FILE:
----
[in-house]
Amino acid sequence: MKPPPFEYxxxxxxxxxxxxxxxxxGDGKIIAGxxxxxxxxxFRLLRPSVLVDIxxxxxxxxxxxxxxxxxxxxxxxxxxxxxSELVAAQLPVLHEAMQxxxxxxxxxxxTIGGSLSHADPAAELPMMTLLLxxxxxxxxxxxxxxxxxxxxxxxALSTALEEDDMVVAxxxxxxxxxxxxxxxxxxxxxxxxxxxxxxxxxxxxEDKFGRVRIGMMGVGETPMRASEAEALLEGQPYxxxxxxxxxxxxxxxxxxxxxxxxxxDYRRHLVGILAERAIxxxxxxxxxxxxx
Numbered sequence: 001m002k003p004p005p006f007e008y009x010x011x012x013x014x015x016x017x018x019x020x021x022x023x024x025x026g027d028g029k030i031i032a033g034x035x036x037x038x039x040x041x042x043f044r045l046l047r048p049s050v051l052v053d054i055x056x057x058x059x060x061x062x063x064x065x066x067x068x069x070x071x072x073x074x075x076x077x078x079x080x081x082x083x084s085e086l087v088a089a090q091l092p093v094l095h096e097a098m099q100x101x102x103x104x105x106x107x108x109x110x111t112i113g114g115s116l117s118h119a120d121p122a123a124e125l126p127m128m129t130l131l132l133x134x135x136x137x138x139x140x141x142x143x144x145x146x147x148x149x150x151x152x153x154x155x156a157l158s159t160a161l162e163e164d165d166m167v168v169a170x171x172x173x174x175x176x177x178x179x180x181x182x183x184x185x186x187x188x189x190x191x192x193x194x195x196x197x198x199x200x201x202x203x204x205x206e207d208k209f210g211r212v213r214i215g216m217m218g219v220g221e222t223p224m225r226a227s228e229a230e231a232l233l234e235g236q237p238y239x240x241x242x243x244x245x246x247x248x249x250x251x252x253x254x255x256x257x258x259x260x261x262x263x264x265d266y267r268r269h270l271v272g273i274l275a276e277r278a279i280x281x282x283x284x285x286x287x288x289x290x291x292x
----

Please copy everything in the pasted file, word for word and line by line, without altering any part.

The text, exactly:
[in-house]
Amino acid sequence: MKPPPFEYxxxxxxxxxxxxxxxxxGDGKIIAGxxxxxxxxxFRLLRPSVLVDIxxxxxxxxxxxxxxxxxxxxxxxxxxxxxSELVAAQLPVLHEAMQxxxxxxxxxxxTIGGSLSHADPAAELPMMTLLLxxxxxxxxxxxxxxxxxxxxxxxALSTALEEDDMVVAxxxxxxxxxxxxxxxxxxxxxxxxxxxxxxxxxxxxEDKFGRVRIGMMGVGETPMRASEAEALLEGQPYxxxxxxxxxxxxxxxxxxxxxxxxxxDYRRHLVGILAERAIxxxxxxxxxxxxx
Numbered sequence: 001m002k003p004p005p006f007e008y009x010x011x012x013x014x015x016x017x018x019x020x021x022x023x024x025x026g027d028g029k030i031i032a033g034x035x036x037x038x039x040x041x042x043f044r045l046l047r048p049s050v051l052v053d054i055x056x057x058x059x060x061x062x063x064x065x066x067x068x069x070x071x072x073x074x075x076x077x078x079x080x081x082x083x084s085e086l087v088a089a090q091l092p093v094l095h096e097a098m099q100x101x102x103x104x105x106x107x108x109x110x111t112i113g114g115s116l117s118h119a120d121p122a123a124e125l126p127m128m129t130l131l132l133x134x135x136x137x138x139x140x141x142x143x144x145x146x147x148x149x150x151x152x153x154x155x156a157l158s159t160a161l162e163e164d165d166m167v168v169a170x171x172x173x174x175x176x177x178x179x180x181x182x183x184x185x186x187x188x189x190x191x192x193x194x195x196x197x198x199x200x201x202x203x204x205x206e207d208k209f210g211r212v213r214i215g216m217m218g219v220g221e222t223p224m225r226a227s228e229a230e231a232l233l234e235g236q237p238y239x240x241x242x243x244x245x246x247x248x249x250x251x252x253x254x255x256x257x258x259x260x261x262x263x264x265d266y267r268r269h270l271v272g273i274l275a276e277r278a279i280x281x282x283x284x285x286x287x288x289x290x291x292x